In a May 2020 survey of pharmaceutical executives conducted by DHC Group and Intouch Group, pharma marketers expressed a high level of concern over patients’ ability to pay for medications in the wake of COVID-19. A survey of physicians revealed 76% of those surveyed said they would like to see enhanced patient assistance programs, including copay and financial support, from pharma in order to help support patient health. For more information, download the DHC/Intouch whitepaper here.
Drug pricing was a bipartisan issue prior to COVID-19; the pandemic has only increased the level of scrutiny and rhetoric. The U.S. Department of Health and Human Services’ (HHS) American Patients First, program, announced in May 2018, is positioned around four major challenges: high list prices for drugs; seniors and government programs overpaying for drugs due to lack of the latest negotiation tools; out-of-pocket costs for consumers; and foreign governments benefitting from American investment in innovation. Virtually every element of the blueprint has either been blocked by the courts, stalled in Congress or dropped based on industry and political forces.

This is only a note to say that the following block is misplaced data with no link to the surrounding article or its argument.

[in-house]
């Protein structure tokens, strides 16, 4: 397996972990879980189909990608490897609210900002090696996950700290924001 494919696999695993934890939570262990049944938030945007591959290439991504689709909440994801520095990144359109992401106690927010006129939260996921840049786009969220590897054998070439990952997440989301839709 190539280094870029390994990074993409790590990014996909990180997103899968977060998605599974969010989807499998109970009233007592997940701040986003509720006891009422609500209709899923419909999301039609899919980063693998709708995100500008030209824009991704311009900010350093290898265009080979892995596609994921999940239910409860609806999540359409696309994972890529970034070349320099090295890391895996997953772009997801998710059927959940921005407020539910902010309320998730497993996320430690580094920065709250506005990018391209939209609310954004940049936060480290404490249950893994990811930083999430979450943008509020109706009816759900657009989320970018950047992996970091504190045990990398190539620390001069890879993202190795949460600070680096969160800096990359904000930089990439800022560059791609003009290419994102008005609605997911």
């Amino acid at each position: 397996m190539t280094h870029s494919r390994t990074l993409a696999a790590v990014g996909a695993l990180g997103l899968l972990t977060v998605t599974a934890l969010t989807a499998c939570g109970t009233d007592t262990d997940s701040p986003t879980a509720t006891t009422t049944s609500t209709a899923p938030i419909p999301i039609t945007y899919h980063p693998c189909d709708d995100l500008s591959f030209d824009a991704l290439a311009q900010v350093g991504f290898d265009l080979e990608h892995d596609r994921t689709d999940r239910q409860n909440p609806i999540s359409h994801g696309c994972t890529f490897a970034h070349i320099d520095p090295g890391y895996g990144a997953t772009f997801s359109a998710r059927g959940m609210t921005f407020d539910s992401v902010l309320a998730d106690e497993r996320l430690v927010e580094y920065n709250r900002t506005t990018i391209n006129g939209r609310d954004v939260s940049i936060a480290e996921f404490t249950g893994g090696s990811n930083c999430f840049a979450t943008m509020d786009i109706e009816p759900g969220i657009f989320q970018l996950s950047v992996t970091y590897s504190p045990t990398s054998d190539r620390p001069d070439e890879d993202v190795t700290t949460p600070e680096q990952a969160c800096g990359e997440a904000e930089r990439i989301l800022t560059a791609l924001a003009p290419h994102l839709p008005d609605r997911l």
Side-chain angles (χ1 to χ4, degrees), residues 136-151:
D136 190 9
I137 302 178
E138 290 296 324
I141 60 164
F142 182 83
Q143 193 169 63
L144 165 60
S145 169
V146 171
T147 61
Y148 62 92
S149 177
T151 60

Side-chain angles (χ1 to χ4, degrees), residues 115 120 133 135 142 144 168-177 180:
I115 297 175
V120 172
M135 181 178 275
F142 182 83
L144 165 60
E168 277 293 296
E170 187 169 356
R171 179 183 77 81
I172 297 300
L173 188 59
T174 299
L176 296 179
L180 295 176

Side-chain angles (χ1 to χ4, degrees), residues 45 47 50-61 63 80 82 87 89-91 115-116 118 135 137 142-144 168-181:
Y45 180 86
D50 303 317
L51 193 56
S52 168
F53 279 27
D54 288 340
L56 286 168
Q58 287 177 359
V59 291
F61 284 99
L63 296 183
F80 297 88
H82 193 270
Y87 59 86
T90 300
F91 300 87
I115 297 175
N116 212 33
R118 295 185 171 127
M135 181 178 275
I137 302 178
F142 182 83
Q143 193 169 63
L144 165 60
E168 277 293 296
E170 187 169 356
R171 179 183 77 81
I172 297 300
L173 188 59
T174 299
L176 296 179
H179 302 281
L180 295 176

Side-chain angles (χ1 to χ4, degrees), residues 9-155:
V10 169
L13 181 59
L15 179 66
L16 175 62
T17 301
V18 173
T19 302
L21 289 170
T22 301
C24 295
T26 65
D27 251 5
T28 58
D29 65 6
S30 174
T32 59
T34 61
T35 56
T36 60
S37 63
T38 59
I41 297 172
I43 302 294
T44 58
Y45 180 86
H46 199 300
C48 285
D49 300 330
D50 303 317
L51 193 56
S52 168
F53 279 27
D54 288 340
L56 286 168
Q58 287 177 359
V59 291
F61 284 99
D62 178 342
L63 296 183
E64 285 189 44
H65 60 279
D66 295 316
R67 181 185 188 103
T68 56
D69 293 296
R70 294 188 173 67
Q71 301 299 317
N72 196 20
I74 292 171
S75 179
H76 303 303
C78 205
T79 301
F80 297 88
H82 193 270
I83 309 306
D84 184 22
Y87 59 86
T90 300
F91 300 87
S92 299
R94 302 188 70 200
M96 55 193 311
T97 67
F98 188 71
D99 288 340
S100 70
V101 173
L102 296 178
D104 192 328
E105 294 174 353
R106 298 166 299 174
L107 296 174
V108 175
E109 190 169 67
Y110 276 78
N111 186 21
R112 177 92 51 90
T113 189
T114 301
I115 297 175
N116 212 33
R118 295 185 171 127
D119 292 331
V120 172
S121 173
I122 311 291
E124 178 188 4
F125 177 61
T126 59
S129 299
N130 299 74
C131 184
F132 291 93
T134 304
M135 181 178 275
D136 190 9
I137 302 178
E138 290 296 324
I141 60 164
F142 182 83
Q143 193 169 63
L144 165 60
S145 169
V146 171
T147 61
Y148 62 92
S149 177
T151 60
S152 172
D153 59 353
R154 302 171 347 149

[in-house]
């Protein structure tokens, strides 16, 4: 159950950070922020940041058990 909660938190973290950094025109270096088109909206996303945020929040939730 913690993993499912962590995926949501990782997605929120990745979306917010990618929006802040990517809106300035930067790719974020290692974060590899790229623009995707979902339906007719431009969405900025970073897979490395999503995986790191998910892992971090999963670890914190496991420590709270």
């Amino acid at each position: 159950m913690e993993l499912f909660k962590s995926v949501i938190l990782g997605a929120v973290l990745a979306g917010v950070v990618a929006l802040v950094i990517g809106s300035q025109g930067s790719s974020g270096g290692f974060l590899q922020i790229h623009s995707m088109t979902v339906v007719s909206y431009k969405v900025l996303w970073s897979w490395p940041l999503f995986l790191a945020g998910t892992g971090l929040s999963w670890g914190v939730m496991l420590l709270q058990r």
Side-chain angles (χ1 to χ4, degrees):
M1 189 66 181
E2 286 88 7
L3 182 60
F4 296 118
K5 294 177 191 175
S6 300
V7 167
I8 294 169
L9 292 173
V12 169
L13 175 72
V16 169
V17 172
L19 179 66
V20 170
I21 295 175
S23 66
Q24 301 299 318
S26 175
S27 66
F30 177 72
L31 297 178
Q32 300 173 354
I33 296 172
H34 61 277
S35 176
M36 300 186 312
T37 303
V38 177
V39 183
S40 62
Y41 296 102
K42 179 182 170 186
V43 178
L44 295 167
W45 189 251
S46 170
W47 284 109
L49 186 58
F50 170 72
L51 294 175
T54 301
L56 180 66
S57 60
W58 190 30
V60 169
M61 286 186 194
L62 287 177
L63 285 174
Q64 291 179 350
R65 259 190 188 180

Fast forward to July 24, 2020, when President Trump signed four executive orders: pass-through of 340B discounts for insulin and epinephrine pens; rebate reform; drug importation; and most favored nation (MFN) pricing for drugs, with the condition that pharma propose their own plans to address drug prices by August 24, 2020 and the caveat that if proposals don’t materialize or provide adequate measures, HHS could create capped drug pricing based on the International Pricing Index.
Political Banter or a Watershed Moment?